Tuesday, May 29, 2012

Gumption and Elbow Grease

     In a world where so many jobs get easier and less physically demanding, it is awe inspiring to see a farm family take on a new, labor-intensive enterprise.  Kari and Michael, a young married couple who have spent all of their unmarried lives raising and dealing with livestock and poultry, decided two years ago, shortly after their marriage, to try something new.  They took out a long term rental on seven acres near their house and began planning for a truck garden.  We neighbors listened as they described attending classes to learn about raising bees (to pollinate), raising a green house (to start seedlings) raising rows of dirt into straight beds (to plant) and raising vegetables and fruit to sell.  I admit some of us shook our heads and said, “There’s no way they can do it.  They both already work full time jobs.  Where will they find the time?”  But find the time they did.  Kari stayed up late nights cutting up what must have been two tons of seed potatoes until her fingernails were stained black.  Michael plowed and laid irrigation lines by tractor light.  Both could be found early mornings and late, late evenings tending to tender young plants. 
photo of 7 acres courtesy Church Hill Produce
  They spent every extra hour at the vegetable patch.  And, their hard work is bearing fruit (pun definitely intended).  The strawberries are in and they are abundant, juicy and sweet. 

  I feel so lucky to have a commercial berry patch just a half a mile down the road.  I have stopped almost every evening on my way home to pick.  We’ve had strawberry jam, strawberry shortcake, strawberry pie, chocolate dipped strawberries, strawberry fruit salad and handfuls of strawberries to eat fresh.  All because these two newlyweds are willing to work hard for a dream. 
   Soon there will be fresh lettuce and new peas followed by tender cukes, crisp beans, and yellow corn.  So here’s to the energy of a young couple determined to deliver fresh fruits and vegetables.  All across the country crop farmers are working just as hard to put food on our tables.  It’s been quite an education to see the extensive, exhausting work close at hand.

If you come to the mountains of Virginia, stop by and pick up dinner.  It's worth the drive.
For more information or to see the progress of the plants follow this link:

Sunday, May 13, 2012

It's a Dirty Job

     Women rearrange their houses, shifting furniture from one room to another in search of the perfect placement.  Farmers rearrange their livestock, shifting sheep and cows from one pasture to another in search of perfect forage.  So, on Saturday, I wasn't surprised when Joe asked me to help him move some sheep. I was particularly glad to move them off of this pasture because it's where my secret asparagus patch is. The sheep keep it gnawed into the dirt until we move them.  But, Joe wasn't interested in growing asparagus, he was interested in growing hay.
   I dressed in my oldest pants and my farm boots and we headed out to the meadow, where the grass was almost knee high.  Joe filled a bucket with grain and commenced to hollering for the sheep.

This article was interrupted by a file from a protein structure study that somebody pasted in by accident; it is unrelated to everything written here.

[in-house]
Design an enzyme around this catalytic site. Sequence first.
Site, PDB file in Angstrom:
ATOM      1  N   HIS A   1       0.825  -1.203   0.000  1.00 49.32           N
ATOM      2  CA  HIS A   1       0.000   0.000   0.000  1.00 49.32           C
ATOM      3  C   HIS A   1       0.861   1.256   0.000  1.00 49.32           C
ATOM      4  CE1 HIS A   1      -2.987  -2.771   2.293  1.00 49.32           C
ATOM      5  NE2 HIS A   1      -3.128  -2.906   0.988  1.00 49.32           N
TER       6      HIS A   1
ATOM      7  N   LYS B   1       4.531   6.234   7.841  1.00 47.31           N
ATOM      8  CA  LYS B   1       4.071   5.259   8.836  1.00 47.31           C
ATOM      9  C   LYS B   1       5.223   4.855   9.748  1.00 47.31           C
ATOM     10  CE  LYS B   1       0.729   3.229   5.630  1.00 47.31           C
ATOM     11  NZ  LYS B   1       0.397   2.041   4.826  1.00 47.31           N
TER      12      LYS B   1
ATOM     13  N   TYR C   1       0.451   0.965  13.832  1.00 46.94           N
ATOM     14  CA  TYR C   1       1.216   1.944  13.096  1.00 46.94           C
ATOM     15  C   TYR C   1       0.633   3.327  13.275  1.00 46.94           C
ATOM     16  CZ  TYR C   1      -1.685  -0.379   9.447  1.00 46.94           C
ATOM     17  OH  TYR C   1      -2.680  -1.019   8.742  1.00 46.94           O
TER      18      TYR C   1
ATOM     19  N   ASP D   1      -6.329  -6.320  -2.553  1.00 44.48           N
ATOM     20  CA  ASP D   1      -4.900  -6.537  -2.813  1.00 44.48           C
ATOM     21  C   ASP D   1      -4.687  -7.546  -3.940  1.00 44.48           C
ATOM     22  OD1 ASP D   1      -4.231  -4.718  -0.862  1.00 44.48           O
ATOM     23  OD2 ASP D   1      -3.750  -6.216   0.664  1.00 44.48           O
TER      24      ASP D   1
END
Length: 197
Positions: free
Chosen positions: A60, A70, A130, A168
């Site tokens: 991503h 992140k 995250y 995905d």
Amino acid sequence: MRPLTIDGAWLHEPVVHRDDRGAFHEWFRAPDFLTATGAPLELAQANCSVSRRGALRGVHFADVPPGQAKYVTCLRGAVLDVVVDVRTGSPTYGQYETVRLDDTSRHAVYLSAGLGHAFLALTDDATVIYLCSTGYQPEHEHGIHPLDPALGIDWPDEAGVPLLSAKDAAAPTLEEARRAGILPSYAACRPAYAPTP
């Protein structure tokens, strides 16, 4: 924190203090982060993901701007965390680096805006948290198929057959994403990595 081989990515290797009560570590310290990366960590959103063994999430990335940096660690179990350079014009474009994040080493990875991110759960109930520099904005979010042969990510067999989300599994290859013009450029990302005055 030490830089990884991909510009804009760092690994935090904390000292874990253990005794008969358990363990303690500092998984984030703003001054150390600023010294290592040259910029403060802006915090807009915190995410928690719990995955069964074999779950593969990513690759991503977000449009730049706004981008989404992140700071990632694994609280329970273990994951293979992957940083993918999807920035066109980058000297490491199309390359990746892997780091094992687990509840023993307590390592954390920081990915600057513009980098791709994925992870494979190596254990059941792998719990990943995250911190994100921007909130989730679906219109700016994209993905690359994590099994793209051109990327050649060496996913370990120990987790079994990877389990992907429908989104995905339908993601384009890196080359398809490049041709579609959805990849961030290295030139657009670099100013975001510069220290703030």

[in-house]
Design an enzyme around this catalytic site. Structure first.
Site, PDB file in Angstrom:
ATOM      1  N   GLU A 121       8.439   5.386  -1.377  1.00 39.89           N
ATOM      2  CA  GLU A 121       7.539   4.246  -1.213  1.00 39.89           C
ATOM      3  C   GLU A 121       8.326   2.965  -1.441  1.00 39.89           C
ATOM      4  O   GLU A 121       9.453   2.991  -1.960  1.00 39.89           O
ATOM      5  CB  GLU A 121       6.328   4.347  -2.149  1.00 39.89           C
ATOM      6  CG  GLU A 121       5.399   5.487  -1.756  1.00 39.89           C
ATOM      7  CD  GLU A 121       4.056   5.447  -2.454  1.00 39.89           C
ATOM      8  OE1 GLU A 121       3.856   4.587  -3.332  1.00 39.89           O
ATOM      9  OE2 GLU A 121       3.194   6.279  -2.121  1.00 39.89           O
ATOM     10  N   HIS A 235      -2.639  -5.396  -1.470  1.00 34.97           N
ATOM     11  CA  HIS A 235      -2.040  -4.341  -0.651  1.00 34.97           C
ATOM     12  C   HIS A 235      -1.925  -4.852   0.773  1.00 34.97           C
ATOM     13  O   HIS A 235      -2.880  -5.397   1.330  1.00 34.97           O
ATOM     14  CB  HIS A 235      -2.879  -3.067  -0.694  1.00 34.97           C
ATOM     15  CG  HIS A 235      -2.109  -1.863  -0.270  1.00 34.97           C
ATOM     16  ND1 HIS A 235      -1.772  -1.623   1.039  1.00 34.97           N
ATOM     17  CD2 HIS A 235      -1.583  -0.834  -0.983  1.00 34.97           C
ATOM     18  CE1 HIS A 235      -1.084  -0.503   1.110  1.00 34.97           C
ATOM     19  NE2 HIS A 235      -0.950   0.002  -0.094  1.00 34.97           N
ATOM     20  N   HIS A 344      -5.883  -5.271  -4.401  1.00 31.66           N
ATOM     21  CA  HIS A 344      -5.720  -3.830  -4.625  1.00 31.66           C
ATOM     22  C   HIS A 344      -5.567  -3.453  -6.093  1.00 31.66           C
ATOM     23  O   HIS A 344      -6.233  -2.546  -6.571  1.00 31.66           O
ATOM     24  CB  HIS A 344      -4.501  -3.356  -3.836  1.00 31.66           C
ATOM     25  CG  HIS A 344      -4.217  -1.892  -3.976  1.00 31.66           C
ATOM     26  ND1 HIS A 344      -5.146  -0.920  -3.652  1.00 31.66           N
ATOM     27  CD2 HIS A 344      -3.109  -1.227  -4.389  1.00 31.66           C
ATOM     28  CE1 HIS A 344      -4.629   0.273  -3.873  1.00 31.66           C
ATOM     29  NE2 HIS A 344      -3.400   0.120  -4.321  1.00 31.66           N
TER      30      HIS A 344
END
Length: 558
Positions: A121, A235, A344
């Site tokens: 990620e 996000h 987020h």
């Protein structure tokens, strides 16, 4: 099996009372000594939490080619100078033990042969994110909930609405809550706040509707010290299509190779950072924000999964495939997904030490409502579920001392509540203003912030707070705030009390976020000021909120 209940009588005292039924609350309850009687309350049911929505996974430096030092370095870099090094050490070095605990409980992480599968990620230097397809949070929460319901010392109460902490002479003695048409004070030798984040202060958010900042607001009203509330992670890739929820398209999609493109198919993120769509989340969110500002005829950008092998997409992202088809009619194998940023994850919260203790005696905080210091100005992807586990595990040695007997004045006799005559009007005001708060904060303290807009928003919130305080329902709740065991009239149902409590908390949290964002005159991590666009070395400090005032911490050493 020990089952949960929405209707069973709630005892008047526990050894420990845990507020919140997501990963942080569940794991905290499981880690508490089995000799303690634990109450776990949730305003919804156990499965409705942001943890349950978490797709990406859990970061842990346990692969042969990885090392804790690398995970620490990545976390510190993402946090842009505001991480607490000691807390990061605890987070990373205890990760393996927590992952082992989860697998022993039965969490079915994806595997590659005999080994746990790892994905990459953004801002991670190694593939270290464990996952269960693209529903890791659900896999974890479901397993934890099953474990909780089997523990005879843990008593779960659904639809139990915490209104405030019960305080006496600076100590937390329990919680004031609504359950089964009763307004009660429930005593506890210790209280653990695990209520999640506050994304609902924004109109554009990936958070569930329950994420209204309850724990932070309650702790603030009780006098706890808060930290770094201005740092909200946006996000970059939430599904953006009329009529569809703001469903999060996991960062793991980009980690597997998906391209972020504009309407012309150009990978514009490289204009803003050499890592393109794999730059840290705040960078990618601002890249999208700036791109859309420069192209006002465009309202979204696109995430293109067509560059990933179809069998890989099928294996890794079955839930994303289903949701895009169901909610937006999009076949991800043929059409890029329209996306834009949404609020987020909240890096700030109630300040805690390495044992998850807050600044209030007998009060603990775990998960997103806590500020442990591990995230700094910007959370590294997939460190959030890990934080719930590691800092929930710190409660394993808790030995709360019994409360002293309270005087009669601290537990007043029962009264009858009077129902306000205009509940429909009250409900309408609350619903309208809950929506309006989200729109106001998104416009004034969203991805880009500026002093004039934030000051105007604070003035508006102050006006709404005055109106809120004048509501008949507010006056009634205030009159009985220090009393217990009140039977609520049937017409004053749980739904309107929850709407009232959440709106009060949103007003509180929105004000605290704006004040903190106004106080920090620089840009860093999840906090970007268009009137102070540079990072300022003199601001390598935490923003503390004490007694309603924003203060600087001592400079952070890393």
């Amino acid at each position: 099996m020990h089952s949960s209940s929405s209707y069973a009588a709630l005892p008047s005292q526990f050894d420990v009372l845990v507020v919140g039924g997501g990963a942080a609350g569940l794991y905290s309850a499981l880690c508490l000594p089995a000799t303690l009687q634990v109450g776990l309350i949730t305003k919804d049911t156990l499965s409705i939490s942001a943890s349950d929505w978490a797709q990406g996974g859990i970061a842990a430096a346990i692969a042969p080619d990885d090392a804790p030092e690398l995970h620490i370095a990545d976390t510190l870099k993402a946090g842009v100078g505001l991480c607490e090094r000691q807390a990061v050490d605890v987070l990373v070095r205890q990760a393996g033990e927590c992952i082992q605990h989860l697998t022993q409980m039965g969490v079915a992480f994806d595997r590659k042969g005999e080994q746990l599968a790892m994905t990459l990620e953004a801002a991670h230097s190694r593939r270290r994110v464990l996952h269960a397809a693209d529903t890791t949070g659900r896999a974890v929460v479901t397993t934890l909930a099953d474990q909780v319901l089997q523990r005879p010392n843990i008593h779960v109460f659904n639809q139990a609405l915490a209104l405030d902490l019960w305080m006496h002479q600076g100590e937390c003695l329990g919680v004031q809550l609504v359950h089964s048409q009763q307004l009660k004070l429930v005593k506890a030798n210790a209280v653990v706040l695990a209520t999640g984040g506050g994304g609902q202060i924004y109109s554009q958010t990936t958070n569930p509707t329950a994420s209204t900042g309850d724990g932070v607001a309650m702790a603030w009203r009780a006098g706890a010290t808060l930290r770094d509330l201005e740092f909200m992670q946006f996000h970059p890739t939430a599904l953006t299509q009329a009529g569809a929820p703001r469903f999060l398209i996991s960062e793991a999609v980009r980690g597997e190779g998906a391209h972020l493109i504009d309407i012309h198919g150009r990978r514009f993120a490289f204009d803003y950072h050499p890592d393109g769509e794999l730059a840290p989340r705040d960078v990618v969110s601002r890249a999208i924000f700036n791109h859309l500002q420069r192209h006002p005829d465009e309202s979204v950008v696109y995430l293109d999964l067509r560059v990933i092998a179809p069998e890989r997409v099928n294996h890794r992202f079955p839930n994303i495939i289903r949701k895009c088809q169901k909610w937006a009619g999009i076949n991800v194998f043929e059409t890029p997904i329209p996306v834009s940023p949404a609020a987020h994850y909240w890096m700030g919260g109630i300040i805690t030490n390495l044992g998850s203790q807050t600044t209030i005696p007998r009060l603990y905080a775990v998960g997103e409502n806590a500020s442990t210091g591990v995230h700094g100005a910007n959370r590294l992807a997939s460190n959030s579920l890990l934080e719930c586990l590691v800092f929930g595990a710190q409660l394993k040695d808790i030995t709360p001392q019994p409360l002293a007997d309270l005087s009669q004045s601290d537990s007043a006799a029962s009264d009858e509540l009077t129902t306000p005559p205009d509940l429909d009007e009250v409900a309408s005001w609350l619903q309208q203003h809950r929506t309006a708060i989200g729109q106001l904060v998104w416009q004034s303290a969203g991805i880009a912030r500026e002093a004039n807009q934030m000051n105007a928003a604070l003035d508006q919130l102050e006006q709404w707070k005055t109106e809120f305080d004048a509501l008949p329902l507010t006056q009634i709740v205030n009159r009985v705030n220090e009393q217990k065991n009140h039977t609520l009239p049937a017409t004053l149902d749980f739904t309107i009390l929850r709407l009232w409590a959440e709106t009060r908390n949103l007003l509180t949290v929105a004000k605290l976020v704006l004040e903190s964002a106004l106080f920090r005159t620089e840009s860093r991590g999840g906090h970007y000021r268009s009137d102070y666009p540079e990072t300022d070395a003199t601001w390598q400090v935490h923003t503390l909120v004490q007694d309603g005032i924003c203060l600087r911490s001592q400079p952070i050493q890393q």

But, the sheep found the grass on their side of the fence pretty green, and ignored his calls.
  So, Joe and I walked out to them.  He took the low side of the pasture, shaking the bucket and yodeling  "Shi-i-i-i-i-i-rpy," while I walked the upper side, ready to force the sheep to turn and follow him if necessary.  But, as soon as she heard Joe, this ewe ran to the bucket.  The other sheep followed behind and before long we had all of them around the barn.
The next job was to pen the sheep so we could move them onto the trailer.  The plan was to put half of the flock on the trailer, dope them (which means to give them worm medicine) and then transport them to the new pasture.  Then return and repeat.  The first group loaded well.
Joe moved among them administering 12 cc of wormer while I followed along behind, marking the sheep with a blue marker.  This helps us keep track of who has been wormed.  The sheep were shitty (sorry there's no pretty word for the condition of their rear ends after a month of green grass) and my other job was to plant my knee in between their back legs to hold them.  Joe slipped the tip of the automatic syringe into the side of their mouths and then squirted the medicine in.  It must taste awful, because the sheep backed away from him every time,grinding their gooey green rears into my bracing thigh.  When we finished the trailer load, all the ewes had blue stripes decorating their wooly backs and I had a deep chocolate brown line decorating my pants.
Then we stepped out of the trailer and hopped in the truck.  Six miles down the road, there's a pasture just waiting for sheep.  There are cows already grazing there, but sheep and cows are great companion grazers.  What the cows won't eat, the sheep will, giving the pasture a tidy trim in the process.
     Joe counted the sheep as they jumped out.  I tried to help, but I have a terrible time keeping numbers in my head.  Nevertheless, he counted lambs and I counted ewes and then he counted ewes to check my count.  

     The sheep were a little reluctant to enter the new pasture so Joe shooed them along.
Then we headed back down the road for our second group.  These sheep didn't load as smoothly.  One lamb slipped between the trailer and the edge of the fence, so we chased it around the barn for about fifteen minutes before Joe snatched it mid-jump and hauled it back to the trailer.  The little white-faced lamb in the back was exhausted from that panicky search for his mama.

   In spite of the fact that Joe did most of the work, I was wearing most of the dirt.

It doesn't show up so well here, but trust me, those brown stains were pungent.  Still, helping on the farm is one of my favorite ways to spend time with my hubby. It's a dirty job, but somebody has to do it.  I'm glad it's me.